|MadSci Network: Engineering|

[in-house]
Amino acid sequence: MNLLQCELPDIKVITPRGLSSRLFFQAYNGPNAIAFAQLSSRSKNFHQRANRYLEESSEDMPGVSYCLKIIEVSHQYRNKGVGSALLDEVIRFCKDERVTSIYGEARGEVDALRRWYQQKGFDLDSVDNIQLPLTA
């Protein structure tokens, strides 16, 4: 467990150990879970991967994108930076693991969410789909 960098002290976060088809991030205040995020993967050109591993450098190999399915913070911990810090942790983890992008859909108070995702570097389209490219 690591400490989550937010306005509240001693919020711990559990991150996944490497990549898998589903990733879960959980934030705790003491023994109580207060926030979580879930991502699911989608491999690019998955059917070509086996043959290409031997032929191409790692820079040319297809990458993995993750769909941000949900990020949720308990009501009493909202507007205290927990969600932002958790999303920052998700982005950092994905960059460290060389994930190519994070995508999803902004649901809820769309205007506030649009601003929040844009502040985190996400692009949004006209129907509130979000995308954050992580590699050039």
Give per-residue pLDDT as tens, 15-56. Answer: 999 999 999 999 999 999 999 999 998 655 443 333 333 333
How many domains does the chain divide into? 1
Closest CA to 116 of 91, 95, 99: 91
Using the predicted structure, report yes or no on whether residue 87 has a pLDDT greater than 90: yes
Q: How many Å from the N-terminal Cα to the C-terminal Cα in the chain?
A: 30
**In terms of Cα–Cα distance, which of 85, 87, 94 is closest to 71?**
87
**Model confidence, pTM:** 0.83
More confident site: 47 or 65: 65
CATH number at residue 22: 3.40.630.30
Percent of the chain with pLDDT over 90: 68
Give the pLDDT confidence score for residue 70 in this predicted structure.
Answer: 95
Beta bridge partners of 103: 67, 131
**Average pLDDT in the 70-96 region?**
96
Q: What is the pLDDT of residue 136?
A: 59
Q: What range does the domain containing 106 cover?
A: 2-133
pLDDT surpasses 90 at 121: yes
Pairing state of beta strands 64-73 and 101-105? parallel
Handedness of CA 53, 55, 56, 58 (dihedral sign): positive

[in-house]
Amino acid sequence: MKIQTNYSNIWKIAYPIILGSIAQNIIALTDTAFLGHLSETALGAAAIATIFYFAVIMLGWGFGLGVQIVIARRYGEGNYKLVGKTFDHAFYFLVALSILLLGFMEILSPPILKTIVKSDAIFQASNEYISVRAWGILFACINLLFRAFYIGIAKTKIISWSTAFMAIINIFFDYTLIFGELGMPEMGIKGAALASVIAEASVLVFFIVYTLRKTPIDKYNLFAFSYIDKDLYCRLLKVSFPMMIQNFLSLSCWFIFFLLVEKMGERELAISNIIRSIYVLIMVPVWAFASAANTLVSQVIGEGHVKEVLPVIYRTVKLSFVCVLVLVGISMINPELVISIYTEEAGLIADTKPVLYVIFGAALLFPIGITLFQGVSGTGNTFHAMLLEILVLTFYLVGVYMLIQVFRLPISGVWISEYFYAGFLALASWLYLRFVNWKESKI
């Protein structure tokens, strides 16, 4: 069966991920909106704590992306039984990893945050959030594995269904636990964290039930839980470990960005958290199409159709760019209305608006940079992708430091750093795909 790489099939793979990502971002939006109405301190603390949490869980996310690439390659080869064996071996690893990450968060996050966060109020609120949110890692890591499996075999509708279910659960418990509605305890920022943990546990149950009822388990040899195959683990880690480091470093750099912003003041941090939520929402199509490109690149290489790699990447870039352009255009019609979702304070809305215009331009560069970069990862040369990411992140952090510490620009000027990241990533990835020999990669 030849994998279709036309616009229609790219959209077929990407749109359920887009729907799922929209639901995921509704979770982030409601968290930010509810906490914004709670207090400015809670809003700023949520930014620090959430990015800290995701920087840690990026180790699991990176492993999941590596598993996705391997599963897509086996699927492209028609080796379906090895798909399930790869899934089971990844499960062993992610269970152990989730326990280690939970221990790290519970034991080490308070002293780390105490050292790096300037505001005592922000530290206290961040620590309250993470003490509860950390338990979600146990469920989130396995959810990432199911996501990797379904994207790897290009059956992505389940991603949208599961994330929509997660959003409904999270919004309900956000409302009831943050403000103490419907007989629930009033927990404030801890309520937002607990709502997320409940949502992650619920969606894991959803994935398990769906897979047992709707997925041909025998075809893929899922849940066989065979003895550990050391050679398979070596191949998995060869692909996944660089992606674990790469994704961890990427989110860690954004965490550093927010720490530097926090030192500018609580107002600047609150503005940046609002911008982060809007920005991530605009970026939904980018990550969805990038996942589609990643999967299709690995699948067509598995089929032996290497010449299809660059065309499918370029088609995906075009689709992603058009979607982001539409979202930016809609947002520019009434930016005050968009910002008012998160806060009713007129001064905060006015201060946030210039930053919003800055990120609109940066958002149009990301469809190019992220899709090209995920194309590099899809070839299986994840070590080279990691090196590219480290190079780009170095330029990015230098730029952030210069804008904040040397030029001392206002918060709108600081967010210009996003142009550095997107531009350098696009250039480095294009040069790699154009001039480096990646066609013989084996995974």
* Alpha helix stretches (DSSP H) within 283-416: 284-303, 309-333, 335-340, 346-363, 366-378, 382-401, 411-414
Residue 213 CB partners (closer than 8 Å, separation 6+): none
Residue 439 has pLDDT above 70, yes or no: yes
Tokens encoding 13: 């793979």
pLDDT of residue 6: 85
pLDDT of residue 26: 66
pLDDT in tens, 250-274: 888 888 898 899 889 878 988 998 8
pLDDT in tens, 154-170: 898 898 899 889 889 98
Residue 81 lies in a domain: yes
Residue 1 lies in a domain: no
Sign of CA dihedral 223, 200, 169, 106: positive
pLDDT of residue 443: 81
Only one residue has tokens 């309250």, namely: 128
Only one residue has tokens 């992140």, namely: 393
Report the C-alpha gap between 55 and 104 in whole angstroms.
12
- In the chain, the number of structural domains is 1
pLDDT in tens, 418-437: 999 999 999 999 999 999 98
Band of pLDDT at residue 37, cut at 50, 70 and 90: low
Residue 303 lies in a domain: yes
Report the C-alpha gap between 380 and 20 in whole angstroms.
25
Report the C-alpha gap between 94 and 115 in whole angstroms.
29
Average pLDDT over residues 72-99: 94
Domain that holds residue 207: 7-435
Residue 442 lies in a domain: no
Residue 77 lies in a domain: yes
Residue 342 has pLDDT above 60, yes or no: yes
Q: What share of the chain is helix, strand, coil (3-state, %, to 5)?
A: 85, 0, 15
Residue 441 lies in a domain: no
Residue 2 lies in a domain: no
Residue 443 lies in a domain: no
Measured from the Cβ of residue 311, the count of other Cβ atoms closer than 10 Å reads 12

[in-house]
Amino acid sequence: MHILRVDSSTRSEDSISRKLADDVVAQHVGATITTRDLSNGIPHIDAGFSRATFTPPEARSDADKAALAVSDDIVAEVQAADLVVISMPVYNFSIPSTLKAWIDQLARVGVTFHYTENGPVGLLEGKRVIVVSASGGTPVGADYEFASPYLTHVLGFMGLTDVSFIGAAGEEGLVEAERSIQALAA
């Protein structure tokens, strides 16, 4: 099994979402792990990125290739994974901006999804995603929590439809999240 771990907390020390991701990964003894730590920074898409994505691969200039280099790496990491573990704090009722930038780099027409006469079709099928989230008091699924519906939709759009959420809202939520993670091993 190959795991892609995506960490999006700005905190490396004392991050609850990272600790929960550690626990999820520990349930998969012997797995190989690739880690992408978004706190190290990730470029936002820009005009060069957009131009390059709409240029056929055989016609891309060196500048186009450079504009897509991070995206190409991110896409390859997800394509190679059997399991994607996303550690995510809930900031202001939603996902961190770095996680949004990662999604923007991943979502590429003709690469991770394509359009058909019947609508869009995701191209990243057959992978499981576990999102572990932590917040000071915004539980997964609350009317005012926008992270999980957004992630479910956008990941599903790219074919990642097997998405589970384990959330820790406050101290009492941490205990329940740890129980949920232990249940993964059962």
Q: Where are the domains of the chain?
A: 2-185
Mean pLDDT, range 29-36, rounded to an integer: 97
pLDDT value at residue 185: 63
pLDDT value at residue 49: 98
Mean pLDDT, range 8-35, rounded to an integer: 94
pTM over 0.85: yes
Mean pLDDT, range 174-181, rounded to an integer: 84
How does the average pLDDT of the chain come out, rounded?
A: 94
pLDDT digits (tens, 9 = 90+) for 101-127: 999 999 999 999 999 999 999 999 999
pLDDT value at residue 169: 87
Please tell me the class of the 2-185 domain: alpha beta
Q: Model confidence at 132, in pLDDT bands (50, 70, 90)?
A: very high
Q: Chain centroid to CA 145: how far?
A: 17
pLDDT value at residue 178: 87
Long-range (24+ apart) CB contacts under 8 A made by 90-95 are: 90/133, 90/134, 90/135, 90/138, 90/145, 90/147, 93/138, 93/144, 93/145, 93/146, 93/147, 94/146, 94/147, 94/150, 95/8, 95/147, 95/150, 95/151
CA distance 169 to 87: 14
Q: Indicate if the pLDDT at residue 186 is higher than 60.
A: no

Your question: If microwaves work by changing the polarity of water molecules and creating friction...heat, then, it would seem that a substance, free of water would never get hot...or is it the hydrogen atoms. Finally, would it only be theoretically possible to test that? If not, how would you do it? Dear WONDERING, This is a very good question because I have met many people with advanced degrees in science who have asked this very question. I think I have a brief answer that you will understand and may challenge you to study further. I am assuming that you are 13 or 14 years of age. It is true that microwaves interact with water due to the polarity of the water molecule. Interaction of energy with a molecule's natural polarity is called a dipole interaction. The reason why microwaves have a dipole interaction is they don't have enough quantum energy to interact with the other parts of molecules (inner atomic electrons, outer atomic electrons and bonding electrons) as do higher or more energetic forms of electromagnetic energy. Gamma rays, x-rays, ultraviolet light and visible light are all more energetic than visible light. Microwaves can't change the electronic structure around atoms or between atoms, but they can interact with electronic differences between atoms. Why do they only interact with water? Simply, they do not only interact with water. They act on the polarity differences between many materials! An important point to make here is, if the molecular dipoles are restricted because they are frozen into place, the microwave dipole interaction is much smaller than would be predicted. What are some other polar molecules that interact with microwave energy and will get hot in a microwave? You have many around the house. Be sure to get your parents approval before experimenting with any of these materials. A relatively safe one is...butter! Butter is made of fat. Fat is an organic molecule that has dipoles between carbon atoms and oxygen-hydrogen groups known as hydroxyls and also between carbon and oxygen atoms that are doubly bonded, known as carbonyls. These dipoles interact strongly with microwave energy. The interaction is easy to see. A few pads of cold butter placed on a saucer and exposed to microwave energy in a microwave overn for several seconds will melt. Melted butter will continue getting hotter. Cooking oils can be heated to very high temperatures in a microwave oven, so if you try one of these, watch the temperature carefully. NEVER DO THESE EXPERIMENTS WITH PLASTIC CONTAINERS. THE OIL OR BUTTER CAN EASILY GET HOT ENOUGH TO MELT THE CONTAINER. USE PYREX BOWLS OR MEASURING CUPS. Other substances that microwaves heat include: dried meat and fruits, wood, most decorative stones, tire rubber. BE CAREFUL, THESE SUBSTANCES CAN GET SO HOT THEY WILL BURN IN JUST SECONDS! SOMETIMES THE SMELL CAN BE TERRIBLE! Do not try substances such as shellac, laquer paints or anything else that can easily cause a fire. If anything else starts to burn or smoke, immediately turn the microwave oven off and keep the microwave door closed. Microwaves also interact with poorly bound or nearly free electrons (as I call them) in semiconductors such as graphite. Pencil lead is made from graphite. If you remove the wood from a pencil lead ( or just get a few mechanical pencil leads) and put it (them) in a pyrex measuring cup and turn the microwave oven on for just a few seconds, the leads will get very hot. BE CAREFUL WITH PENCIL LEADS! THEY CAN REACH TEMPERATURES IN EXCESS OF 500 CENTIGRADE IN LESS THAN A MINUTE! If you carefully try these experiments with your parent's approval and supervision, or if you can do these at school with teacher supervison, you will see that materials that don't contain water can be heated with microwave energy. However, materials that are not polar and not semiconductors that do not heat include: polyethylene (empty milk container), pure candle wax, quartz (very clean, dry sand), polystyrene (foam cup), liquid nitrogen, and dry ice (solid carbon dioxide). Just for fun, try the following experiment. What do you think will happen? The next time a regular incandesent light bulb burns out around the house, don't just throw it away. Get a clear glass that is big enough so that the light bulb (at least a 60 watt bulb) will fit inside the glass completely with the metal stem pointing toward the closed bottom of the glass. Now invert the glass with the light bulb inside it (so that the bottom of the glass and the light bulb stem point up) and put this in a microwave oven on top of a ceramic or glass microwave safe surface. Darken the room. Set the oven timer for 4 to 6 seconds. NO MORE! The bulb will get hot and will not burst (generally) if you follow the 6 second maximum rule. What else do you observe? Remember to watch very closely! REMEMBER, ALWAYS GET PERMISSION FROM AN ADULT TO DO THESE EXPERIMENTS. ALL OF THESE EXPERIMENTS CAN LEAD TO VERY HOT TEMPERATURES, FIRE, NOXIOUS FUMES AND SMOKE. ALWAYS HAVE A FIRE EXTINGUISHER HANDY. IF A FIRE STARTS, KEEP THE MICROWAVE OVEN DOOR CLOSED. IF POSSIBLE, DO THESE EXPERIMENTS IN A SCIENCE LAB IN A PROPERLY VENTILATED HOOD WITH PROPER SUPERVISION FOR MAXIMUM SAFETY. I hope I have answered your question and that you get to try a few of these experiments. Some of this could be science fair material. Dr. Peterson firstname.lastname@example.org
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